“Orientalism” is a way of seeing that imagines, emphasizes, exaggerates and distorts differences of Arab peoples and cultures as compared to that of Europe and the U.S. It often involves seeing Arab culture as exotic, backward, uncivilized, and at times dangerous. Edward W. Said, in his groundbreaking book, Orientalism, defined it as the acceptance in the West of “the basic distinction between East and West as the starting point for elaborate theories, epics, novels, social descriptions, and political accounts concerning the Orient, its people, customs, ‘mind,’ destiny and so on.”1
Based on the paper “The Veil. Oppression for Millions” by Misty Smith. Originally published on August 27, 2017.for HIS-311 at Southern New Hampshire University.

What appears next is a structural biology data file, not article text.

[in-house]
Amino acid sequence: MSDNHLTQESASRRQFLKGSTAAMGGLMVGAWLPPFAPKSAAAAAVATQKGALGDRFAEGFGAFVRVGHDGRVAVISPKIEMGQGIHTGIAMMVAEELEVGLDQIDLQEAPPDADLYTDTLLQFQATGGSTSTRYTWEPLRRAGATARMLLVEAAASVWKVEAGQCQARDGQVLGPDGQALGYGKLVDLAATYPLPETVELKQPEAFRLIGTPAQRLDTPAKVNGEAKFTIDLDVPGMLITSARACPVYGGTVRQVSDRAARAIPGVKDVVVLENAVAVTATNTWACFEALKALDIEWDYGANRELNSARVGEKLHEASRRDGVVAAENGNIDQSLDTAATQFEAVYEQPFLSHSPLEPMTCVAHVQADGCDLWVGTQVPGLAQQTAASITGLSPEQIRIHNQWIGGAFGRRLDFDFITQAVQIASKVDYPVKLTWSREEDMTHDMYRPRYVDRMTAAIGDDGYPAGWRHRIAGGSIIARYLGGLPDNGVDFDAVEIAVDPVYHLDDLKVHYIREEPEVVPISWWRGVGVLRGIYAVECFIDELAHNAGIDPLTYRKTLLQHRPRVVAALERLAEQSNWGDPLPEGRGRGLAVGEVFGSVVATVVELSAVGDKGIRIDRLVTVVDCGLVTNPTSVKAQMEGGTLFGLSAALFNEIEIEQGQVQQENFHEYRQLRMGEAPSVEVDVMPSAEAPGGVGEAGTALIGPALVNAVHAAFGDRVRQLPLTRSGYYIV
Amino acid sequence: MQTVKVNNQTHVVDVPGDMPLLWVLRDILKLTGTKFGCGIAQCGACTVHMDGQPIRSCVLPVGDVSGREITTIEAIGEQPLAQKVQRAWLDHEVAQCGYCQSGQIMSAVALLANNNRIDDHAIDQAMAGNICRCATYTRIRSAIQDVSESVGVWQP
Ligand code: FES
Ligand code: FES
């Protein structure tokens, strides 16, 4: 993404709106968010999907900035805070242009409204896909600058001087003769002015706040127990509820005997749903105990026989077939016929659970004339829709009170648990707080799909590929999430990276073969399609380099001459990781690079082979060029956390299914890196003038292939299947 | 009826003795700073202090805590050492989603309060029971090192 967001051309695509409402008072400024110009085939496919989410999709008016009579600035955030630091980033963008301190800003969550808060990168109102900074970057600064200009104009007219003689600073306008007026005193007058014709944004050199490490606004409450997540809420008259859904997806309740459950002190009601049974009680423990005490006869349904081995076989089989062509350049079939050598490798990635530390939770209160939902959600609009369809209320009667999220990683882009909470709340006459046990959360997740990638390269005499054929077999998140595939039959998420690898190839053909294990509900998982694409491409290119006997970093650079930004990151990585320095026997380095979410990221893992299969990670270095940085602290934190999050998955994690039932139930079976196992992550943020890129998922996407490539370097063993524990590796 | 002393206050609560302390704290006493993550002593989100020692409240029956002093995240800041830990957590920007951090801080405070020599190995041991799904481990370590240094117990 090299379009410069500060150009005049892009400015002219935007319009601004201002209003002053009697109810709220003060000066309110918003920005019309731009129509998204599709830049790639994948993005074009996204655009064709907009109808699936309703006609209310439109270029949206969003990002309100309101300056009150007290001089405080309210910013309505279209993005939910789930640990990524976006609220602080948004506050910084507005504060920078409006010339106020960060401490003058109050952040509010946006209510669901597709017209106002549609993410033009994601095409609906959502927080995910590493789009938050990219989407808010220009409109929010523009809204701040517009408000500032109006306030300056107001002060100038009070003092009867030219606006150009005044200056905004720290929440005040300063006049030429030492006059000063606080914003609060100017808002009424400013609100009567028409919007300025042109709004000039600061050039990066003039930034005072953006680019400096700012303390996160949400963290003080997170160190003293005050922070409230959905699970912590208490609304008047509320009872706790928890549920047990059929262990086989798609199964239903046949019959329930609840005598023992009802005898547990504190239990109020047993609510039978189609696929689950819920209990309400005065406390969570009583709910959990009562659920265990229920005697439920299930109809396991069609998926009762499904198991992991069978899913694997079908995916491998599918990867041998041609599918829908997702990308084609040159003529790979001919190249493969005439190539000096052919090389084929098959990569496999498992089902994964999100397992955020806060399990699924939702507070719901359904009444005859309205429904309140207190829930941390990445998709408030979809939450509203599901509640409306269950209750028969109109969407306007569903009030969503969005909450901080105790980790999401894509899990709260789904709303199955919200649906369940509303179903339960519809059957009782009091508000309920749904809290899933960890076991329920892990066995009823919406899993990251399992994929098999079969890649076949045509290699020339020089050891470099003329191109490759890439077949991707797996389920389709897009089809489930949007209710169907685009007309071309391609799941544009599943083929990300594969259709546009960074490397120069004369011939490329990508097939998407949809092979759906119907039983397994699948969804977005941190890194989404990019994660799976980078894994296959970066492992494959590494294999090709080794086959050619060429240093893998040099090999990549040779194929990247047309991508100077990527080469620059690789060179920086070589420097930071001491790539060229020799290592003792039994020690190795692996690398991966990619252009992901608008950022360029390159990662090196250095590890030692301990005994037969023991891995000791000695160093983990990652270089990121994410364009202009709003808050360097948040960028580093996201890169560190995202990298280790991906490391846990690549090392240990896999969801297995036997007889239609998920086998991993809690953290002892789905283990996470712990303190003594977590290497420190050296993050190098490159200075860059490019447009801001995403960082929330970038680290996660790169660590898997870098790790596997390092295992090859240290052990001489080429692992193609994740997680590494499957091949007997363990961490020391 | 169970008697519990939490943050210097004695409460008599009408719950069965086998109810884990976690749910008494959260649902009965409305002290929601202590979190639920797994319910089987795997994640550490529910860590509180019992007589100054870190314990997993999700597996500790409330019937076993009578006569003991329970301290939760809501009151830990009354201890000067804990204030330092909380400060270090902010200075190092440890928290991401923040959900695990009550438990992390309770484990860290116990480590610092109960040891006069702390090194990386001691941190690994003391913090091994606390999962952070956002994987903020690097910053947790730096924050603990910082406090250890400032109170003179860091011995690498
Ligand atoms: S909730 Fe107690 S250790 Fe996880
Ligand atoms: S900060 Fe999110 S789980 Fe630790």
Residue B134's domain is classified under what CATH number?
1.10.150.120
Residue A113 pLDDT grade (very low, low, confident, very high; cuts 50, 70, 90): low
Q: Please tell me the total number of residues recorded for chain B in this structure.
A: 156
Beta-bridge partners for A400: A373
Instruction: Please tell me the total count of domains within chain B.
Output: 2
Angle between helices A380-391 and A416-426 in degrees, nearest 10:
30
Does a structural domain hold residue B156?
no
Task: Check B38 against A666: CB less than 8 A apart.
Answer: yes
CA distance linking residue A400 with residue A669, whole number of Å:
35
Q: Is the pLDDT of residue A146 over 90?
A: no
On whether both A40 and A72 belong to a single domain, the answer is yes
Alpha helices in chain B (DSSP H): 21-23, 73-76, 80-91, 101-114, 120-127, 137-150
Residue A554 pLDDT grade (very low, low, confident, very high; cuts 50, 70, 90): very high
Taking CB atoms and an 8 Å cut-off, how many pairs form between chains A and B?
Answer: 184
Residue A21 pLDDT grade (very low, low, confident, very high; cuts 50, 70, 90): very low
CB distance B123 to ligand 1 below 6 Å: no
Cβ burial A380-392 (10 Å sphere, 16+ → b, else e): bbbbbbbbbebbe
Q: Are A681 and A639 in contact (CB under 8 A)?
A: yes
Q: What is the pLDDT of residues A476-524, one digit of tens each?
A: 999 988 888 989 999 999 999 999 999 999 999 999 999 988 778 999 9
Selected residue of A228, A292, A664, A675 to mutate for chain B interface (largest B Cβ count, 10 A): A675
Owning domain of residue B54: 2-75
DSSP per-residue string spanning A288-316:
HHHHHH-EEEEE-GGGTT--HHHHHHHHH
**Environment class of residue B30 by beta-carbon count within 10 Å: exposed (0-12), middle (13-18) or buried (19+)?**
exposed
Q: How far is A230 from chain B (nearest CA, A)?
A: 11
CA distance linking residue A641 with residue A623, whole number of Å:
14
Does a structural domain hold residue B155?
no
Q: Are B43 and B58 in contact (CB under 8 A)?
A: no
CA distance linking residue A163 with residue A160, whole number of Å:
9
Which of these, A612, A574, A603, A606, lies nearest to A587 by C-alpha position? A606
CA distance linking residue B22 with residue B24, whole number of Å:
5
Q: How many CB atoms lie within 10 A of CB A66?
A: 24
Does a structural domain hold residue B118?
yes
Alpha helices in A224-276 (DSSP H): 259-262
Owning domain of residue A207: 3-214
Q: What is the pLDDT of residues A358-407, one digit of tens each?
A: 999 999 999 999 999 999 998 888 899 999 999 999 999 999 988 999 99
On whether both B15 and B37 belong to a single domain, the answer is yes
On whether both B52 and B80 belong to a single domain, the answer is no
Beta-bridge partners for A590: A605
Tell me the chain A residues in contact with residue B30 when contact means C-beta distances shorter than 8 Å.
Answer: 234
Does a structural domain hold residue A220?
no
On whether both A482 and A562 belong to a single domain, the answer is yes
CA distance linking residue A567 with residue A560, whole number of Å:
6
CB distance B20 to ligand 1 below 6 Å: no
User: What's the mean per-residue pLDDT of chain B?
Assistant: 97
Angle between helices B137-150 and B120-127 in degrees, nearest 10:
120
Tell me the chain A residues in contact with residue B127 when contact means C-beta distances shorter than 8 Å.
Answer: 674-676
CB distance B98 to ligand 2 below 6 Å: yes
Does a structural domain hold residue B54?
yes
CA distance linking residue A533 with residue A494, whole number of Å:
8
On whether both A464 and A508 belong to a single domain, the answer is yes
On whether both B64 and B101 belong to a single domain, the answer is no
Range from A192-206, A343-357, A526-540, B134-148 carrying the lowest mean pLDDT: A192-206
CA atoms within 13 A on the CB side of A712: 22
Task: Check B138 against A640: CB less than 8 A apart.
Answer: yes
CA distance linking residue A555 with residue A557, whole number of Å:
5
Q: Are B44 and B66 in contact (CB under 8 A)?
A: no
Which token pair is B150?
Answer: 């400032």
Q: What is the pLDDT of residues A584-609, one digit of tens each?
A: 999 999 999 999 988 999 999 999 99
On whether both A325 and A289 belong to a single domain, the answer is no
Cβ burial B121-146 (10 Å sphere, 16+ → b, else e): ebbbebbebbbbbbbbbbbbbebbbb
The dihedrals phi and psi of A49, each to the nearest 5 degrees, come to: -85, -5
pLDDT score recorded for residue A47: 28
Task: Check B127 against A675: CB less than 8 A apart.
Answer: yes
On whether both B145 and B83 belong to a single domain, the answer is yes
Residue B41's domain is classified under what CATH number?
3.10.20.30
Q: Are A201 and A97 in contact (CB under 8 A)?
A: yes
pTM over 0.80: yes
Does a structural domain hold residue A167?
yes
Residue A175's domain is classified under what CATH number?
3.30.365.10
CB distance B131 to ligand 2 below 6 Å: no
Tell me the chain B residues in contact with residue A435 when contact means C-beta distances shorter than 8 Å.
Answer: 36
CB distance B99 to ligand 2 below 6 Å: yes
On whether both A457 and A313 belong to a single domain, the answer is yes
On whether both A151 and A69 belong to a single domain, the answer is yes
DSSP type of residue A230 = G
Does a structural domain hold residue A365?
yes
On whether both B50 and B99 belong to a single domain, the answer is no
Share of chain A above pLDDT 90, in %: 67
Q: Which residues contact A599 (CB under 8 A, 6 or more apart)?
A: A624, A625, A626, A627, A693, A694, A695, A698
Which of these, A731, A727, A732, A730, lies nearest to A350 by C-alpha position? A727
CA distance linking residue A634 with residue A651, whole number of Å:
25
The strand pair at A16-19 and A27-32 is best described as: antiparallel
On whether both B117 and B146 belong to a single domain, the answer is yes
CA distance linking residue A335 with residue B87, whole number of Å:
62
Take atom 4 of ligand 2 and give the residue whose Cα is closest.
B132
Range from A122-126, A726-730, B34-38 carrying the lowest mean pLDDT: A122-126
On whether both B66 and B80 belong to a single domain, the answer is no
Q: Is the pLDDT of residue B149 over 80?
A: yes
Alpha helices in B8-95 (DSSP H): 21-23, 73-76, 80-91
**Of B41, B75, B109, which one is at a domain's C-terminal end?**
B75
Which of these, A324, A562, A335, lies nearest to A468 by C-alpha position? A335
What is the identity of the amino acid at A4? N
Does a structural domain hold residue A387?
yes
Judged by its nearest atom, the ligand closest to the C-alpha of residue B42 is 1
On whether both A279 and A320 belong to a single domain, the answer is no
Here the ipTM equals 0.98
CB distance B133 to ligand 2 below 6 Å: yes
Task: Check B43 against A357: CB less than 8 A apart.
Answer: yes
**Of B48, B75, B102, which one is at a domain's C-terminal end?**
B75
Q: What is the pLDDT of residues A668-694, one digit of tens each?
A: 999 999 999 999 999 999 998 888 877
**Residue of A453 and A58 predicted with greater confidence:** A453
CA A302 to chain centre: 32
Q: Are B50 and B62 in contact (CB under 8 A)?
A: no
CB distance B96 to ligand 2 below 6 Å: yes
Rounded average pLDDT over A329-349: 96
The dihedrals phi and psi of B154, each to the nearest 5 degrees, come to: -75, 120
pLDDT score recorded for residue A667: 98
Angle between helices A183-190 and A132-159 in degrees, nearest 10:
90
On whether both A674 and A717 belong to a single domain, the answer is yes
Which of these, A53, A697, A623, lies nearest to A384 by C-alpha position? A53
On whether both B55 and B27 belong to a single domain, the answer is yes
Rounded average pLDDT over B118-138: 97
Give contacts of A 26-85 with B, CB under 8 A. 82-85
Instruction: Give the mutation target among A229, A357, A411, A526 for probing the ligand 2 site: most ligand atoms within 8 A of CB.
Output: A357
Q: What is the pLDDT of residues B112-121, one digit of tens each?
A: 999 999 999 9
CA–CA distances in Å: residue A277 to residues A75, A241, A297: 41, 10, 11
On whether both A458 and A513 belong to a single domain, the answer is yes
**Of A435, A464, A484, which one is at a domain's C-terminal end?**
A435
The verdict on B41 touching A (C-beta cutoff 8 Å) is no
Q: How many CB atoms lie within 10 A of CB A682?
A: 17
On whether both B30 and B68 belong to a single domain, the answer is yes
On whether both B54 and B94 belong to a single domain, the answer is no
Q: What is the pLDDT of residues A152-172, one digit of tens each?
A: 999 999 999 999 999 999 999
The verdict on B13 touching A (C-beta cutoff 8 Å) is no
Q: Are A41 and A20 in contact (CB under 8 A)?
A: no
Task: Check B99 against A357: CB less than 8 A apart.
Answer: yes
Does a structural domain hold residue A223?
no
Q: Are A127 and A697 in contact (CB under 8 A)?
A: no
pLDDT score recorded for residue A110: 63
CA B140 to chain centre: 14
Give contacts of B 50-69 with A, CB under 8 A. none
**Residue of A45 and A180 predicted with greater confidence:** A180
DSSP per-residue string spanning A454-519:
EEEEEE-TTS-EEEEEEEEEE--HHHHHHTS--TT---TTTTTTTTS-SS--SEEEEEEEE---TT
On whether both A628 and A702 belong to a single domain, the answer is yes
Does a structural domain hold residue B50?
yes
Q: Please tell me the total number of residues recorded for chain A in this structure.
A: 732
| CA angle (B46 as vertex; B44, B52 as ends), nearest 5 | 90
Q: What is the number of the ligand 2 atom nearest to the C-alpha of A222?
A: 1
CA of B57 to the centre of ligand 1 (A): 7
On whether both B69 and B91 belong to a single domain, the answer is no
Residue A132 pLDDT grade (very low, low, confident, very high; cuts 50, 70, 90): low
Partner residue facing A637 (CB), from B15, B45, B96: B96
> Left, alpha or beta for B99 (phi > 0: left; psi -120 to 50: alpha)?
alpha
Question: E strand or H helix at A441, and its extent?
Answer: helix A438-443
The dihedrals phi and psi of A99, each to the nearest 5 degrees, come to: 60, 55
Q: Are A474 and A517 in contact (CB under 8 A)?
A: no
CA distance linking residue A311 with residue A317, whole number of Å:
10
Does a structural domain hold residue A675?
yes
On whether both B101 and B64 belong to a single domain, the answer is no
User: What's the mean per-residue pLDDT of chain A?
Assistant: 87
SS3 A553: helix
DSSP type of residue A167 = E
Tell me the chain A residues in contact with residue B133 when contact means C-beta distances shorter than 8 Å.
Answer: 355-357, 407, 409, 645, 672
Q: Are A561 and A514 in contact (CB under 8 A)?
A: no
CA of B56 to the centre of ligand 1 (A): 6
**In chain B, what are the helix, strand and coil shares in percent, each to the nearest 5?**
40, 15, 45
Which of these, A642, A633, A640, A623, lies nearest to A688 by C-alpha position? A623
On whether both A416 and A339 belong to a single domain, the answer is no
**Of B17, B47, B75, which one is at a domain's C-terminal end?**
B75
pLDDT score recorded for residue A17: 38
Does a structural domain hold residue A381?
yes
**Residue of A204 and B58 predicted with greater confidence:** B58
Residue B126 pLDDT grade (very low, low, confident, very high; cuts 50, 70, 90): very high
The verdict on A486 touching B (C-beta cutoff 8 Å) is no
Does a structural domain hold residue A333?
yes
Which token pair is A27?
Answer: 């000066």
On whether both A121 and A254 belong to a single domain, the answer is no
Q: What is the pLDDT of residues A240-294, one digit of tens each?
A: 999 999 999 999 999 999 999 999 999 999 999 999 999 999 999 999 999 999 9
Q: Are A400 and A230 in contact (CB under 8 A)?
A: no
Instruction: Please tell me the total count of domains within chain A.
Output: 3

“A Comparison of Nature” by Misty Smith. Orginally published on October 9, 2016, for FAS 202: Introduction to Humanities II, at Southern New Hampshire University.
“Chronic Diseases” by Misty Smith. Originally published on April 14, 2014, for SCI/163 at the University of Phoenix.
“THE BURQA VERSUS A FORMAL GOWN AS A CULTURAL NORM” by Misty Smith. Originally published on July 09, 2017, for HIS 311: Women, Sexuality, and Islam at Southern New Hampshire University.
*Please note: I am a lifelong learner; therefore, I study various religions and cultures. I do not intend to promote one over another and believe that everyone has the right to believe as they wish (or to not believe).
“Food Borne Illness Salmonella” by Misty Smith. Originally published on April 21, 2014, for SCI 163 at the University of Phoenix.
Originally created on June 25, 2017, by Misty Hamilton Smith for BIO-210 Intro to Anatomy & Physiology at Southern New Hampshire University.